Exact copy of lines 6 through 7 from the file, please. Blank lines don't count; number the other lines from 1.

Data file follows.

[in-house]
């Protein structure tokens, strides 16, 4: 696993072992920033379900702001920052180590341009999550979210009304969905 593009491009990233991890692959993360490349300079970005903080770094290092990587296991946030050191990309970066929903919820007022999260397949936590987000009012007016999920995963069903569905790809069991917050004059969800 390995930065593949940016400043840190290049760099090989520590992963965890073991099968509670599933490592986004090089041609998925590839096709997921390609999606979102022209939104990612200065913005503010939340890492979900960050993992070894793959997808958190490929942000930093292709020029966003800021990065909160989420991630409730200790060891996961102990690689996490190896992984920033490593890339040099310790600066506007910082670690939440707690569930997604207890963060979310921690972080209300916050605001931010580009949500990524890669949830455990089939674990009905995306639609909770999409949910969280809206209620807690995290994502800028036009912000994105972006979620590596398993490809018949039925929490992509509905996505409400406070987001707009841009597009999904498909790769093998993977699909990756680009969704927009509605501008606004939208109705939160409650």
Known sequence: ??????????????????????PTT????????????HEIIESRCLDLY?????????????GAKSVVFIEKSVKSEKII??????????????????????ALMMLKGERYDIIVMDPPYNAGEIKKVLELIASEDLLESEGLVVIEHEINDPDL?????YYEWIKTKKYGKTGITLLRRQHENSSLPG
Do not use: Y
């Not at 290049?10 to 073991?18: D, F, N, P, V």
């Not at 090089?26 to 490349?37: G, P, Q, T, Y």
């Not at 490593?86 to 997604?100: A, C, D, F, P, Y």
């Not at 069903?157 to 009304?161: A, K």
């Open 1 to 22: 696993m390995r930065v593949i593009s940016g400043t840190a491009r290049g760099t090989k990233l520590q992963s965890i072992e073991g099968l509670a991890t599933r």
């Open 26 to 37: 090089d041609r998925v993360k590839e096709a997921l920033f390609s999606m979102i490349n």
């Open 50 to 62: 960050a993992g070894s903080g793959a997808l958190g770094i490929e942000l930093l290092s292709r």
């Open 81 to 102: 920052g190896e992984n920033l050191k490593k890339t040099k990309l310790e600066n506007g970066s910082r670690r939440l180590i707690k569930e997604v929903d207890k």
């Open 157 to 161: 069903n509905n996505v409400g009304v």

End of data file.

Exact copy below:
């Not at 090089?26 to 490349?37: G, P, Q, T, Y």
């Not at 490593?86 to 997604?100: A, C, D, F, P, Y």